Only foolish believers think that they cannot be tempted, or that they can manage to fight the attraction of Satan's lies in their own strength. God's anger against the sins of Israel in the wilderness is a warning to believers at any time in history, and especially for us who know that Jesus will soon return. He will call us to account for our sins and to reward faithful discipleship.
Taking part in something is not just an activity; it is a statement about what you value. Idolatry was rife in Corinth; not just the ceremonies at the pagan temples, but acceptance of the associated immoral culture. When people believed in Jesus, some brought their past culture into the church; in much the same way that the Israelites who left Egypt took some of the pagan Egyptian ethos with them into the wilderness.
Paul wrote extensively about the problem of new believers still being influenced by pagan worship, which was normal in Corinthian culture. Temples dedicated to Greek or Roman mythical gods functioned as community centres, restaurants and business meeting places; they were also socially acceptable centres of immorality. Meat and wine offered to the idols were served in the restaurants, posing a dilemma of conscience for some who did not want to go back to their old way of life (1 Corinthians 8:7). Others thought there was no problem.
Corinth, like many cultures today, had a liberal approach to personal ethics. If something was possible then it was ok to do it. You could do almost whatever you liked as long as you stayed clear of the Roman authorities. That approach enabled corruption to thrive in business: slavery was accepted, women were often treated as property and immorality was normal in pagan worship.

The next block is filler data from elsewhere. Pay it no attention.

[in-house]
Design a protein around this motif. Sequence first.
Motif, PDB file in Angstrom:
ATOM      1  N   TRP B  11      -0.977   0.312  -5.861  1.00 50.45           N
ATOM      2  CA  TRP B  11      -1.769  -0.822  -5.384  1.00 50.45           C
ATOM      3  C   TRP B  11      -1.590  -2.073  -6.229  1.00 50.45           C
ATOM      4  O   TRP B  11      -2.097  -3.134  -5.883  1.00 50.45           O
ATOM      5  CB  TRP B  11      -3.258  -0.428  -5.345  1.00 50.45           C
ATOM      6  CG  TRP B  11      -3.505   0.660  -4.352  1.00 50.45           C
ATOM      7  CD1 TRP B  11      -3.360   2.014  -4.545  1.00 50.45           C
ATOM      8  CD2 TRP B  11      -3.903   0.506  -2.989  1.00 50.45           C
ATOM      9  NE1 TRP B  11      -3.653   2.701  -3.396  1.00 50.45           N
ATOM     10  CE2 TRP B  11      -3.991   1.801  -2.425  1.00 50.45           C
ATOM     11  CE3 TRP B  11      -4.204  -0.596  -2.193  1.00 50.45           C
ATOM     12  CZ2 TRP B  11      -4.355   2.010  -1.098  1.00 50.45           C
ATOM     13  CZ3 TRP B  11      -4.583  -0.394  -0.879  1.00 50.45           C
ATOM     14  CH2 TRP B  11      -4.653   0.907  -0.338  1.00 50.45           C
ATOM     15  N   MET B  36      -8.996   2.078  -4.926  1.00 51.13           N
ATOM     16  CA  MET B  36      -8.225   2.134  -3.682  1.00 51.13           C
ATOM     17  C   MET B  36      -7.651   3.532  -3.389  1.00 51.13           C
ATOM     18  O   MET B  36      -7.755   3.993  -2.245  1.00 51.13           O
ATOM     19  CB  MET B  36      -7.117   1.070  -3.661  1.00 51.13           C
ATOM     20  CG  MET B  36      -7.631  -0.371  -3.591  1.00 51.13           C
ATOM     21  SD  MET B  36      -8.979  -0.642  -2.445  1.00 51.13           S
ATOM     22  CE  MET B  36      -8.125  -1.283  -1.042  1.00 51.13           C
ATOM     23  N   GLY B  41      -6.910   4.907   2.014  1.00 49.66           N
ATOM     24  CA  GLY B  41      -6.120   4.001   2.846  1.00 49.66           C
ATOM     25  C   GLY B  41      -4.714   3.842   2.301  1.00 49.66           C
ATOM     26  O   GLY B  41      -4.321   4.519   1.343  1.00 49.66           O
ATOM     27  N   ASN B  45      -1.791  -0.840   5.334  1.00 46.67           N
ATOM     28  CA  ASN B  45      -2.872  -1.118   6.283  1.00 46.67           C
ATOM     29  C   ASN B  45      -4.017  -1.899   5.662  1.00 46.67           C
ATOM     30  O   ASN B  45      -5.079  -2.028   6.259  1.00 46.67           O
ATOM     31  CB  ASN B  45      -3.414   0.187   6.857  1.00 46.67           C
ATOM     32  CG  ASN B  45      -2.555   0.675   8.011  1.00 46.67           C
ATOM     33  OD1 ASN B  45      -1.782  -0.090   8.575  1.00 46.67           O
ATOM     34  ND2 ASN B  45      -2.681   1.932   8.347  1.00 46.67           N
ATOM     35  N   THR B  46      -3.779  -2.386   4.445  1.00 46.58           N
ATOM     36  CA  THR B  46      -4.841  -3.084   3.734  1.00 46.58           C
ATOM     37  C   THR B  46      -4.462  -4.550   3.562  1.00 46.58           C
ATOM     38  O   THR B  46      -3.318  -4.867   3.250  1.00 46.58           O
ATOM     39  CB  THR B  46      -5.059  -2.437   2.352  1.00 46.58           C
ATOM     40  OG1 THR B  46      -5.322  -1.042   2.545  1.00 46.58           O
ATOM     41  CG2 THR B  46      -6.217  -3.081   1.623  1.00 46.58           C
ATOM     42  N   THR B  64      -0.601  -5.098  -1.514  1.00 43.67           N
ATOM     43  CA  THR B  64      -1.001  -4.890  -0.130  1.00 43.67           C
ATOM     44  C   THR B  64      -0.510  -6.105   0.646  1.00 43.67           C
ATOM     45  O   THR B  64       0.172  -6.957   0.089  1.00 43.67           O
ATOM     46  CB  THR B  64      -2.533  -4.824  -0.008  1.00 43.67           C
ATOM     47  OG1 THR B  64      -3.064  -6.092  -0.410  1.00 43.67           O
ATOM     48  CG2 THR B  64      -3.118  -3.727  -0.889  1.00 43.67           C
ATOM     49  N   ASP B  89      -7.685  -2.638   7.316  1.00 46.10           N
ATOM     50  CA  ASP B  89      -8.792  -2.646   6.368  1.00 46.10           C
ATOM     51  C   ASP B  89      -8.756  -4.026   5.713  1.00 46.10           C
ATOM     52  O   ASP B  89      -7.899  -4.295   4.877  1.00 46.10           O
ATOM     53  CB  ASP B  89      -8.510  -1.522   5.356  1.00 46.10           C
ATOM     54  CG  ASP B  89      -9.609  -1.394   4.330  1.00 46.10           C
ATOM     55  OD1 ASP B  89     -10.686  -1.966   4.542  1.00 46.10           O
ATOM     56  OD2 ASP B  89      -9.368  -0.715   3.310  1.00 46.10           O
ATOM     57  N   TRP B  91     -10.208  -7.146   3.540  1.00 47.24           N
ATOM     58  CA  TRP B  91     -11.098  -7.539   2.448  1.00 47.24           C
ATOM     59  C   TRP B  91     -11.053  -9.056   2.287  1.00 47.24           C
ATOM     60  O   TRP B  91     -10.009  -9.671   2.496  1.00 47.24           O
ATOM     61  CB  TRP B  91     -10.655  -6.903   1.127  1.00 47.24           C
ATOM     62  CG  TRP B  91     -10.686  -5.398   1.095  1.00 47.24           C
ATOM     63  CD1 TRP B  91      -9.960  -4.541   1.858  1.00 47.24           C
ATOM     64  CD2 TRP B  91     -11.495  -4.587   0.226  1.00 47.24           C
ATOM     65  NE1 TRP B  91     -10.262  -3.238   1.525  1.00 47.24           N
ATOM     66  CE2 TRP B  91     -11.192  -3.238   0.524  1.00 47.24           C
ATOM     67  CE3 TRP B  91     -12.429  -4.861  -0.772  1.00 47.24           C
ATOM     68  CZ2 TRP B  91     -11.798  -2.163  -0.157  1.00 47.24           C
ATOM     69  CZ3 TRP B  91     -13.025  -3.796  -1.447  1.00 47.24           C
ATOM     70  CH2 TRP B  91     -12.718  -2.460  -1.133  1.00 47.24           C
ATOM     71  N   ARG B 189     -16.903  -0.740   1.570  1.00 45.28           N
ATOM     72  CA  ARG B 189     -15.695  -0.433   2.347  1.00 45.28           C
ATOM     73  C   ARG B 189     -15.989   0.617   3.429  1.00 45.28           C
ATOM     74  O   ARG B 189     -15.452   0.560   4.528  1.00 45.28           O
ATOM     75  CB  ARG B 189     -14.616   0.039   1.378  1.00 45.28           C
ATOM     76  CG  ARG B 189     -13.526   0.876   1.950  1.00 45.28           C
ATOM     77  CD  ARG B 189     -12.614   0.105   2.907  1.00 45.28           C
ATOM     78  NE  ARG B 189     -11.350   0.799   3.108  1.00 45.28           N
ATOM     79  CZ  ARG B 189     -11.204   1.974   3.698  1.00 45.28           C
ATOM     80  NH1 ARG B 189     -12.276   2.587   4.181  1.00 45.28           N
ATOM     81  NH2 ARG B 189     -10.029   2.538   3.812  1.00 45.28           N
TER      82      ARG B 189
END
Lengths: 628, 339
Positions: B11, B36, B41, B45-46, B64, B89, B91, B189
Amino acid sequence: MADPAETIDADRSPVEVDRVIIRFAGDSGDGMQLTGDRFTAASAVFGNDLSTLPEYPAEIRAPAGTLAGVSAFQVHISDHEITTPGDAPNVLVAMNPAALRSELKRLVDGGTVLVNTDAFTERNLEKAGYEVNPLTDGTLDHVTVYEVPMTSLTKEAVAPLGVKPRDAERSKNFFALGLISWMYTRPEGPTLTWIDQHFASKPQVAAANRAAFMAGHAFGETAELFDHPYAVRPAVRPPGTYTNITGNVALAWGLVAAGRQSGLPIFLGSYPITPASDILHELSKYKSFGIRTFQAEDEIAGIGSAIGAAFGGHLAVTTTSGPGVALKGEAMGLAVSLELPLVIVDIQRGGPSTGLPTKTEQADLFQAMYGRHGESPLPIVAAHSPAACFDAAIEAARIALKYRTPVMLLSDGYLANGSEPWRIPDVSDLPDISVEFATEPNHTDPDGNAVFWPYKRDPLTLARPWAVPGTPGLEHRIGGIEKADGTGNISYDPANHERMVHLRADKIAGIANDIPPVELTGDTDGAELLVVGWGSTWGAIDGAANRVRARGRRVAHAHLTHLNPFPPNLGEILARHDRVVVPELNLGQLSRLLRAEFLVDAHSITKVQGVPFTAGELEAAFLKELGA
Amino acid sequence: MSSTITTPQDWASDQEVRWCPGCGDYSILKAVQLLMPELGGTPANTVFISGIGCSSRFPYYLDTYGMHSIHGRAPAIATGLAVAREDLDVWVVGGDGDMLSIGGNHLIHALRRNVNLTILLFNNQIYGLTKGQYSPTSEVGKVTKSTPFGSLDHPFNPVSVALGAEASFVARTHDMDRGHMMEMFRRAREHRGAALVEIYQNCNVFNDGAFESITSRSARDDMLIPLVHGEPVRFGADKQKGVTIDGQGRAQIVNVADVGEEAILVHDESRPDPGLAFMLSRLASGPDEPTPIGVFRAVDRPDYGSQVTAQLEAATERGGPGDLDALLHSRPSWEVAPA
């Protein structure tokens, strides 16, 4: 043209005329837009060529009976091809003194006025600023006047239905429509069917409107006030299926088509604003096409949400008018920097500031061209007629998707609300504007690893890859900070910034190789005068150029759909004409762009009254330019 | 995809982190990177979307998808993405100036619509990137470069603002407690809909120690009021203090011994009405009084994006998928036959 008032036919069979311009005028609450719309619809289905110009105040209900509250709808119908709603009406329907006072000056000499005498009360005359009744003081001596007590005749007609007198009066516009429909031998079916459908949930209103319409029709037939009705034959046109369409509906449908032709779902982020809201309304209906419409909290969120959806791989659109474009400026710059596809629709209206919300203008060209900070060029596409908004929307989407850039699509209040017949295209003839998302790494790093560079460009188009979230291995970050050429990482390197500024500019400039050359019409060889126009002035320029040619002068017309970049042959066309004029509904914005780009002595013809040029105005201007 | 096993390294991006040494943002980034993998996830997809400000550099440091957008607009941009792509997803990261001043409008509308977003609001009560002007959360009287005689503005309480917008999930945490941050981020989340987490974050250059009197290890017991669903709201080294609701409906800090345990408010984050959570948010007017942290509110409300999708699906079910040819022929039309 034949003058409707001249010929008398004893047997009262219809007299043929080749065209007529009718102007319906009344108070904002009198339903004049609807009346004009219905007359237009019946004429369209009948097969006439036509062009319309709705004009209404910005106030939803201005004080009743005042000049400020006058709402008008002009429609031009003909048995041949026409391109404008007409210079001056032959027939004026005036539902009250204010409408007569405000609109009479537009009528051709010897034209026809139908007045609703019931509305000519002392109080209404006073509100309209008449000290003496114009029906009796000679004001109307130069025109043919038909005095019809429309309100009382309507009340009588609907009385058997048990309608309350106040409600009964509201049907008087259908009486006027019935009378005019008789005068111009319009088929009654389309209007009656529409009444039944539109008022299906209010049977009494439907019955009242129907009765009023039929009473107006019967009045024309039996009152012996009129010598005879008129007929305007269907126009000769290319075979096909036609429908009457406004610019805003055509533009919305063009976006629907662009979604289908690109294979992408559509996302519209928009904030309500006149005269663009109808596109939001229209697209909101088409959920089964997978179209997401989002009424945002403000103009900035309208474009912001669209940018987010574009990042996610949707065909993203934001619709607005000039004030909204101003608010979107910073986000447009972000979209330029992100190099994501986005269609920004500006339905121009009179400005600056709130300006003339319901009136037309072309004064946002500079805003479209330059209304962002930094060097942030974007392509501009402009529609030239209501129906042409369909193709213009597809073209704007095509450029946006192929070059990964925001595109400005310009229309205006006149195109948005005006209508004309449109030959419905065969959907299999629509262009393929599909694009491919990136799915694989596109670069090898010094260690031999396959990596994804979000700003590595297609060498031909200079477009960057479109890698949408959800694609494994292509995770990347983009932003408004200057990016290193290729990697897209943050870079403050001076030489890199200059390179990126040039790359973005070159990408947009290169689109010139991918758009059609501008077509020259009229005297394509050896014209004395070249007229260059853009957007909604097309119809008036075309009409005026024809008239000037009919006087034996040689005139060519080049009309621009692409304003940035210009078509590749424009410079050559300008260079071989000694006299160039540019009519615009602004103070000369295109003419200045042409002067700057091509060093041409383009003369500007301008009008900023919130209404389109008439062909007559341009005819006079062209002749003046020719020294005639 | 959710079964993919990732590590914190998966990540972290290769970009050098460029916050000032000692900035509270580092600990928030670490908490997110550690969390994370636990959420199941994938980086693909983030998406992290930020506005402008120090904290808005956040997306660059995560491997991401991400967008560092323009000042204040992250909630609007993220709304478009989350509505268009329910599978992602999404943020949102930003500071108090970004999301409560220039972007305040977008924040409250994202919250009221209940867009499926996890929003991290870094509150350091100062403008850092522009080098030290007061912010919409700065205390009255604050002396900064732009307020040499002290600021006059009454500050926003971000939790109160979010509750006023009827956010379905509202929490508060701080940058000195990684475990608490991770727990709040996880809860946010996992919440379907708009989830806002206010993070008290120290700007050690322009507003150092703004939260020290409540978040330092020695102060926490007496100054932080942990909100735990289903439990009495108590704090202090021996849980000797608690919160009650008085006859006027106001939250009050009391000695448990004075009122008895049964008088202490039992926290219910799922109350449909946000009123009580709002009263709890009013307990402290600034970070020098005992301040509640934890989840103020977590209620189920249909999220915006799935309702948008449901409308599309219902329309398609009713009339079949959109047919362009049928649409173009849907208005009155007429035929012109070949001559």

We all hold values according to our background, knowledge and experience; by what we are taught is right and what we feel is right. Our conscience is the automatic guardian of what we believe is right. But in a confused world which despises God's Word, we may not be sure of what is right and wrong.
The Apostle Paul faced all kinds of criticism from people who did not understand his motives. The issue of how to deal with the problem of meat which had been offered to idols, had polarised the church. That is why Paul spent so much time in this letter helping the church to understand what was important and how to be caring of others whose consciences were troubled (1 Corinthians 8:1-13, 10:14-33).
Despite the immaturity of the Corinthian church, its divisions, quarrelling, acceptance of immorality, confusion about marriage and how to live in a city dominated by pagan worship, Paul knew that many had held on to what he had taught them during his 18 month stay (Acts 18:1-18) and in a previous letter (1 Corinthians 5:9). Although he had to rebuke them, he also wanted to affirm those who had remained faithful to the truth.
The immorality surrounding pagan worship in Corinth led to confusion about the way in which men and women ought to relate in marriage, and in the church. Introducing this teaching, Paul defines the principle of headship. This is not to rank people in order of importance or merit, but to establish where responsibility lies. Even though the Lord Jesus Christ is as equally God as the Father and the Spirit, the Father has headship over the Son (1 Corinthians 15:28).
Paul had been teaching about headship in the home (1 Corinthians 11:2-10), but in these verses wrote that the male 'head' is not superior or designed to be independent of the woman. He strikes a culturally unsettling note. Most societies give a superior place to one gender, or allow the dominant partner to have the right to rule. But Paul gives the Lord's view that although headship is male, neither gender has everything and that both were designed to be complementary to each other. Both have come from God and neither has the right to dominate the other. They must work together.
The church of Jesus Christ has seen all too many divisions in the past 2000 years. It has not just been a gradual fragmentation over centuries; the problem was present in Corinth. While Paul tried hard to find some reason to praise the church before applying criticism, in the matter of worship and the Lord’s Supper he had none. The Apostle had heard reliable reports of the church which justified his strong reproach that their meetings did more harm than good. Their worship services were an offence to the gospel and to the Lord.